If, as many of us believe, co-operation in business must take and is taking the place of ruinous competition ; if it is better for capital, it must be better for the consumer and better for labor if it is to endure. I believe that he who thinks the problem out carefully, taking information from all sides, will be forced to the conclusion that the principle of co-operation must largely take the place of competition, and! that co-operation in its healthiest, most useful form, can be much more effectively practised by great corporations than small companies or firms— first, because the officers are more apt to regard themselves as servants and not as owners ; second, because the relation of the great corporation to its labor is an entirely different relation from that of the small corporation or the firm to its labor, in that the officers of a great corporation instinctively lose sight of the interest of any one individual, and work for what is the broadest, most enduring interest of the many. This places the officers of the great corporation in a position where they can look upon all labor questions without bias, without any personal axe to grind, solely from the broadest possible standpoint of what is fair and right between the public’s capital, which they represent, and the public’s labor, which they employ. In short, they are so situated as to look upon all such matters from the point of view of an intelligent, well-posted and fair arbitrator. They are able to put into practice profit-sharing, benefit and pension plans that in fact, and not in theory only, give to labor on attractive terms an interest in the business to which labor is justly entitled.

Indeed, there is even hope that a corporation might, after all, have a soul, for one of this week’s editorials in a New York evening newspaper, in commenting on a position recently taken by the United States Steel Corporation in regard to Sunday labor, concludes by saying: “It is encouraging proof that the modern enlightened business concern is rapidly acquiring that heart for its employees which is has far too often been without in the past.”

It seems to me that the future has its choice of three methods : First, co-operation through the medium of corporations with federal regulation and control ; second, governmental ownership and management ; third, socialism. Under the method of large corporations regulated and supervised by federal authority, with widely distributed ownership, and with labor interested in the business, you have all the safeguards and advantages that the most ardent advocate of governmental ownership could desire. In broadly distributed ownership among the public and labor, you distribute profits to the people, and retain for the benefit of the business that one great necessary factor which has done so much for American industry, viz., individual initiative. You leave to men the goal of achievement; you leave their ambition unhampered.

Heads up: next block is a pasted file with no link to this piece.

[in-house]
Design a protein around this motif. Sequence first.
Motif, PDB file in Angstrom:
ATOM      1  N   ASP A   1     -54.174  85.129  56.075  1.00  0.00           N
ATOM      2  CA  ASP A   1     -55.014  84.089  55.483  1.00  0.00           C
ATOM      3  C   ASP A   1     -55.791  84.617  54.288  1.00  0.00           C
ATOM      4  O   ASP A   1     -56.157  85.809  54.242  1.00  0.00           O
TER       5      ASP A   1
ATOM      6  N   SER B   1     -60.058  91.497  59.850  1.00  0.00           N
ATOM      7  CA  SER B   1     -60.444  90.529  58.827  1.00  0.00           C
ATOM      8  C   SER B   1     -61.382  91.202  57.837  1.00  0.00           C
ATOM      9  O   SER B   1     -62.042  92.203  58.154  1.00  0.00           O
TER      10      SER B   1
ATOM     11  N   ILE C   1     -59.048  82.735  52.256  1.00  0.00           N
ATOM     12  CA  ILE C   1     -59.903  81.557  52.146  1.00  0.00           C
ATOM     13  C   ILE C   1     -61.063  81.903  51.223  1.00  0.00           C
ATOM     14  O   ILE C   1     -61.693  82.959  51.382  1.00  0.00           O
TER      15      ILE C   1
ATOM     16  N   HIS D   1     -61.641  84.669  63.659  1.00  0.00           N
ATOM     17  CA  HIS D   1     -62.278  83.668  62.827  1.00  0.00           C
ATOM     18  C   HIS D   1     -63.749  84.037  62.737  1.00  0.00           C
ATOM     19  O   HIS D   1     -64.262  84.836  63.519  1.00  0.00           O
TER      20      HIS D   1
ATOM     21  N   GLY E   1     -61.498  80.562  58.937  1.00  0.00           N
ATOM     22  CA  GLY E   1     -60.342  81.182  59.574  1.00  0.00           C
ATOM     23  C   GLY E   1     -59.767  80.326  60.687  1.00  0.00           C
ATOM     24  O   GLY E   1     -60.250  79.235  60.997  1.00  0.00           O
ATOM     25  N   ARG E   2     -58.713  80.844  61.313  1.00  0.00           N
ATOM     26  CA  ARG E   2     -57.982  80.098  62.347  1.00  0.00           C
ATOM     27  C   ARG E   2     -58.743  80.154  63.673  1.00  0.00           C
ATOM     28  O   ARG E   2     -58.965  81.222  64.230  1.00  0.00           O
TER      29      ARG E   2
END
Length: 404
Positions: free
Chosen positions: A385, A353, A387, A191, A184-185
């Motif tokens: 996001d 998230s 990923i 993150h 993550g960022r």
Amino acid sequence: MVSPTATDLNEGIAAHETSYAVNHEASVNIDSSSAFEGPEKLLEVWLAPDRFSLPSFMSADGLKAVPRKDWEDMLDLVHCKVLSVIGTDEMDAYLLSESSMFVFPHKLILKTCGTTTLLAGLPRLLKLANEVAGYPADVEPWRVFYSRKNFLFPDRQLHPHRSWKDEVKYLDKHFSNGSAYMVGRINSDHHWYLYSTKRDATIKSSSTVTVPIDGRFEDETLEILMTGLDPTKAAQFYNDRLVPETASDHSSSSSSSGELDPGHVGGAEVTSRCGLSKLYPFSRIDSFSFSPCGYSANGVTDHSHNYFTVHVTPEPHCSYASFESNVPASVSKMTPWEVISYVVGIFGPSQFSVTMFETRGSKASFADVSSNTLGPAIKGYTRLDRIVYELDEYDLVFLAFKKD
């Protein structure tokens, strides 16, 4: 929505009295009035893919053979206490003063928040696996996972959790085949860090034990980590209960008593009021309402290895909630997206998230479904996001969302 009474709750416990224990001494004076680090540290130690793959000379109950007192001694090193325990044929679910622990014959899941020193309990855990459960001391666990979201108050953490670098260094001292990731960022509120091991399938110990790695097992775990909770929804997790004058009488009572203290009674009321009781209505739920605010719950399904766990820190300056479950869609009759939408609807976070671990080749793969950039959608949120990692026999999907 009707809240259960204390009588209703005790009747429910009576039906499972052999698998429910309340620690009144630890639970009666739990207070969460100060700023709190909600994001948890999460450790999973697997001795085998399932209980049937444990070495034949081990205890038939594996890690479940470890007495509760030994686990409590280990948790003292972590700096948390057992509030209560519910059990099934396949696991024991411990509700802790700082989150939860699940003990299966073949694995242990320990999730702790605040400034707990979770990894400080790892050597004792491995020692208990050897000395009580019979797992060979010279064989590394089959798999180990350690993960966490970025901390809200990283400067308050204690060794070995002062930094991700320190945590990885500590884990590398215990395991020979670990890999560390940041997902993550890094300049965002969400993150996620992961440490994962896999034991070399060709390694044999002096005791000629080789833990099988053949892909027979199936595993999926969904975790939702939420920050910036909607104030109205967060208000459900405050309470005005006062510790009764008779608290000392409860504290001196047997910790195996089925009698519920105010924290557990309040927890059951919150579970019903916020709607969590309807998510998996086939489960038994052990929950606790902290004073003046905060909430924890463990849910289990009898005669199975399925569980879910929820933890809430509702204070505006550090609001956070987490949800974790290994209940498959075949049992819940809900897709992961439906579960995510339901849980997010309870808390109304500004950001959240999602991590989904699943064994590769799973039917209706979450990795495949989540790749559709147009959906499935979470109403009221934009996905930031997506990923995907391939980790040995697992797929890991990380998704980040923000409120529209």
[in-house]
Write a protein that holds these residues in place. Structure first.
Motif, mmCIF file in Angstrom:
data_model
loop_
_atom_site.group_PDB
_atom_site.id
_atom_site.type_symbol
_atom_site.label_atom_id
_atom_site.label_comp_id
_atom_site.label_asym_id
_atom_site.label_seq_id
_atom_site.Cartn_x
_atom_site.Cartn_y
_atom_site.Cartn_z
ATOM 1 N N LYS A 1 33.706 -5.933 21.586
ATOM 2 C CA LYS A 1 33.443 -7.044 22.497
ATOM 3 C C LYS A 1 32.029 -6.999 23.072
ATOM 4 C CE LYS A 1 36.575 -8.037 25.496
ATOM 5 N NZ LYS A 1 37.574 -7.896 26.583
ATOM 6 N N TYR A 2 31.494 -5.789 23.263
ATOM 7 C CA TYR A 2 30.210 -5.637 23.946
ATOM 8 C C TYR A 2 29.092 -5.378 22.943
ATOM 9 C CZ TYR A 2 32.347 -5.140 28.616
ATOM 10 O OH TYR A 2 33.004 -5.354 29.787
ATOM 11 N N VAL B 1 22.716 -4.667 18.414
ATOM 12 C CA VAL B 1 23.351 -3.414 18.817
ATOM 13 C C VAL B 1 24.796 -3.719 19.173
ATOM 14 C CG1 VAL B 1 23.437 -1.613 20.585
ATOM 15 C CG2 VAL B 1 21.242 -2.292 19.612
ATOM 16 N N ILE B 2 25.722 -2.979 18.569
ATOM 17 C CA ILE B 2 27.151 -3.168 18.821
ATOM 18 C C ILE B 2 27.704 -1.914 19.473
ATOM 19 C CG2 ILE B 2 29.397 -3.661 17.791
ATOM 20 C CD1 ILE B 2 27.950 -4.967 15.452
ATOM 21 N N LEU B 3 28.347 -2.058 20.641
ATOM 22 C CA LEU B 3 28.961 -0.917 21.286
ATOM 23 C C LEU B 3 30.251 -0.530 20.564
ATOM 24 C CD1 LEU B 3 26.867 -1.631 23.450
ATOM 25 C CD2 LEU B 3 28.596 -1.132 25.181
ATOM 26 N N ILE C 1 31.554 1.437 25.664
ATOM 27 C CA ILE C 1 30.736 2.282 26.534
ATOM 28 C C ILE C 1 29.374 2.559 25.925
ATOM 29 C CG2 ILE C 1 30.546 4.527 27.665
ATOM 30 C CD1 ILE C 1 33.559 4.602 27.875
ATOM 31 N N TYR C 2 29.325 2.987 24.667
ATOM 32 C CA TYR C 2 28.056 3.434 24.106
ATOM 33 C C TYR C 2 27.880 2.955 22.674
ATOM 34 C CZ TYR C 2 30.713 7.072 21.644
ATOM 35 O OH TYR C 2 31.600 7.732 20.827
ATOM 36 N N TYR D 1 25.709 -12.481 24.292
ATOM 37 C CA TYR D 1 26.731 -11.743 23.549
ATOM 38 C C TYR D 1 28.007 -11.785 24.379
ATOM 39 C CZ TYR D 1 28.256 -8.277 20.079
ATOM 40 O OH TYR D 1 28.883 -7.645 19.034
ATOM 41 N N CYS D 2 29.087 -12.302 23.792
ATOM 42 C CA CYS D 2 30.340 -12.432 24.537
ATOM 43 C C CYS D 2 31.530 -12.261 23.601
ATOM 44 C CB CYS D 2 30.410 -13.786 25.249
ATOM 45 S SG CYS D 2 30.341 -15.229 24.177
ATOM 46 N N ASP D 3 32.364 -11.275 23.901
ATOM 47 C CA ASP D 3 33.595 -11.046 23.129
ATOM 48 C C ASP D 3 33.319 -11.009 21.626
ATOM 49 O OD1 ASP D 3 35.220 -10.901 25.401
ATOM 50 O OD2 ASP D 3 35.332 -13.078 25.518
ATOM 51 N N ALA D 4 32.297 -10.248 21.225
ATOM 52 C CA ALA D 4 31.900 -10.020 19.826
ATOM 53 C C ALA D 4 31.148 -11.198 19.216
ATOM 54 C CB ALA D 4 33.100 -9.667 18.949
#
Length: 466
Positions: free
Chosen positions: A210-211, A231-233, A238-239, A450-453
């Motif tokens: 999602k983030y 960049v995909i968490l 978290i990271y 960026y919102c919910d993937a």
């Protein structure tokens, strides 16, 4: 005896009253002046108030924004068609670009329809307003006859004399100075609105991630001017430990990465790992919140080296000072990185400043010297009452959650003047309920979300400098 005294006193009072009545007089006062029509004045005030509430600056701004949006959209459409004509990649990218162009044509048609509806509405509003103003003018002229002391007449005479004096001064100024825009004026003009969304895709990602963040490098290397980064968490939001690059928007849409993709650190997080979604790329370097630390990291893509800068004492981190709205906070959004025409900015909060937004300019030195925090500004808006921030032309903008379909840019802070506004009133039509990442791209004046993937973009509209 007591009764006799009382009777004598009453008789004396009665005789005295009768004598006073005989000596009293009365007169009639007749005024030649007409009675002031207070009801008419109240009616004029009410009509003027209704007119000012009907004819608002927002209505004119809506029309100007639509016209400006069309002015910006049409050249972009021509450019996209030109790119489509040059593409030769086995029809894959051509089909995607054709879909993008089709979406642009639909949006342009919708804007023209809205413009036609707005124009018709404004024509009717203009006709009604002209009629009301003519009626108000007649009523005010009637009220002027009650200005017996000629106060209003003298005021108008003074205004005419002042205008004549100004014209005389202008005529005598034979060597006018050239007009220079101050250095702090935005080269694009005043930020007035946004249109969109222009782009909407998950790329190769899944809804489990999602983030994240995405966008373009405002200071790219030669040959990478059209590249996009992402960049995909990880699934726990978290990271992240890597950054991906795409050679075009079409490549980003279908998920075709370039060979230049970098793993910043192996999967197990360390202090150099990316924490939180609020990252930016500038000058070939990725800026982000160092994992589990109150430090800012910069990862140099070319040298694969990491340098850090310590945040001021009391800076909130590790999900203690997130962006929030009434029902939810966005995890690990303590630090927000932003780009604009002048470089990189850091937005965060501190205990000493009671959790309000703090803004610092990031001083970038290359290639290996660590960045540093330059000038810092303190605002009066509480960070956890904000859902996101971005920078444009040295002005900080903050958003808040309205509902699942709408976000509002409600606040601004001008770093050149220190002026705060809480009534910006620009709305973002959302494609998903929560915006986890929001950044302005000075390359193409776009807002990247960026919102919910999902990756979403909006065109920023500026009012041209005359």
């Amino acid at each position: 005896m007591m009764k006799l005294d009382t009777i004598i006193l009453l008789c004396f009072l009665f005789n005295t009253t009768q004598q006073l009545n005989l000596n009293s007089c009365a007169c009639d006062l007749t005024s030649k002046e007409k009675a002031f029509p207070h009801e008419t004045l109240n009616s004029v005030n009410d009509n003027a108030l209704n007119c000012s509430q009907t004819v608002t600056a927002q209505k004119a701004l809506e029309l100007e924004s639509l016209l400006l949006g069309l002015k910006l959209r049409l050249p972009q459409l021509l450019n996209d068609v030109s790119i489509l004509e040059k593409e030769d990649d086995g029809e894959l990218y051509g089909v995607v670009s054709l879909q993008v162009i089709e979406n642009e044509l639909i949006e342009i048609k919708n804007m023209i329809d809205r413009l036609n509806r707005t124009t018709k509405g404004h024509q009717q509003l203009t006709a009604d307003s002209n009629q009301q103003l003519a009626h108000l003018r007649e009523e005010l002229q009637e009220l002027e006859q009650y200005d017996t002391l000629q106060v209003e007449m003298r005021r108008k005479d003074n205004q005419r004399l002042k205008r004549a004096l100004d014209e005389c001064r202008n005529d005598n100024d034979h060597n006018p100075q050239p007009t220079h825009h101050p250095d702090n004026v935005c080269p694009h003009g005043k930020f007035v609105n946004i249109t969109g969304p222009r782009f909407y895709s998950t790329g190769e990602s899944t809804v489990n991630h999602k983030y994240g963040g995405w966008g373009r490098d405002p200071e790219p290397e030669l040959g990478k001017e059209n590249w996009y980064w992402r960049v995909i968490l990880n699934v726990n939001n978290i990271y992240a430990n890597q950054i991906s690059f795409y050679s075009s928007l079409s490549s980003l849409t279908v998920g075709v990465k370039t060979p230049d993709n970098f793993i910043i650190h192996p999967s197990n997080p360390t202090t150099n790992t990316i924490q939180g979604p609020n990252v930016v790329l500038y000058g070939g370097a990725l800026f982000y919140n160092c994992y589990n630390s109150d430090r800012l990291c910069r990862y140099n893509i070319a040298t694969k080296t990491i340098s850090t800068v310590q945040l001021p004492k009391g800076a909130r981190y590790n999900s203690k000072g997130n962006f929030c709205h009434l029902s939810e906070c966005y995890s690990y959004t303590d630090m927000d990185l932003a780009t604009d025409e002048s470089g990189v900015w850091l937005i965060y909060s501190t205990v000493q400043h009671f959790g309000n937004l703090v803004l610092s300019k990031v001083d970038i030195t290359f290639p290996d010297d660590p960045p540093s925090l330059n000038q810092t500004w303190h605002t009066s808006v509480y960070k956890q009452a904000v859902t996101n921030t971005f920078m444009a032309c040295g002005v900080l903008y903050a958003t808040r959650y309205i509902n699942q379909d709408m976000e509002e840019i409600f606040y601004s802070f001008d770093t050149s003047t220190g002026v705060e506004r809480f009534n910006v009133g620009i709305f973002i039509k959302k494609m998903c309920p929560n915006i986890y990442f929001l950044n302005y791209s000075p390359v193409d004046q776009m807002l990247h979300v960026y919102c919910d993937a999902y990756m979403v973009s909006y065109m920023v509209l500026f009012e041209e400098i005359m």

We can back and fill, we can talk and scold, we can threaten and abuse ; yet there will be but one ultimate result, viz., progress and growth. We can delay the onward movement for a time—we can make it very costly ; but, nevertheless, the movement will be onward as surely as the electric light followed the tallow candle.

In the City of Washington, on the side of a brick building, in large letters, is the following sign: “Horses Shod by a Horseshoer.” Many times, as I have noticed this sign, I have said to myself : “That’s what America needs to-day; horses shod by horseshoers—not by opticians or milliners.”

There is a sad lack of men thoroughly equipped in their respective callings. We need specialists in business as well as in medicine. A high order of ability in each and every calling was never so much in demand as it is to-day. The greater our country becomes and the greater our institutions become, the better equipped and the greater and broader-minded must our men become. Institutions and affairs do not just grow, like Topsy ; , they are only as great, only as strong, only as useful, as men make them. I know of no statement so fallacious as the one that opportunities for young men to-day are circumscribed. Exactly the contrary is the case. Men of affairs everywhere are seaching for men of ability, men who can think straight and work hard.

Many of you young men will have independent incomes whether you work or not. What an opportunity this affords you to select, not necessarily the calling in which you can make the most money, but the calling in which you can be the most useful. For the man who already has a competency there is something far more worth while in life than merely making money. I firmly believe that every citizen should, in some way, perform some public service, and somewhere between the work in your neighborhood and in the nation, if you will think about it and look for it, you will find a service that you can perform, and, having an independent income, can do it fearlessly. Think what a tremendous effect even one hundred clear-eyed, straightforward, fearless young men, who knew in advance that their living was assured, could have on the destinies of the United States in the next quarter of a century, if each would take up his life-work in this spirit! Very few of the men who have left college forty years ago could look at the future in such a way. Their first thought had of necessity to be the making of a living. Think of the difference, and think what a difference it can make in the future of our country if proper advantage is taken of it.

Do not accept somebody’s superficial conclusions for your conviction. Keep your mind open for the developments of the future. Remember the mighty progress of the past twenty-five years. The college-trained mind is too apt to think by precedent, by what has been done, and, in a period when the world is moving with such tremendous momentum, this is a dangerous mental process. Keep your mind open to the oncoming events. Do not be content to think just what somebody else has thought. Give your own mind a chance. Reach out into the future, remembering that nothing in this world stands still; everything moves either backward or forward. See the faults that exist, and in them see your opportunities for improvement. Is it thinkable, for even a fraction of a second, that the limit of the human mind has been reached? More has been done by that brain in the last twenty-five years, for progress, than in any preceding one hundred years, and the young men of to-day are the descendants of such brains. What an inspiration for the future! Be an optimist. Believe in your country, in its institutions, in its business, and in its men.*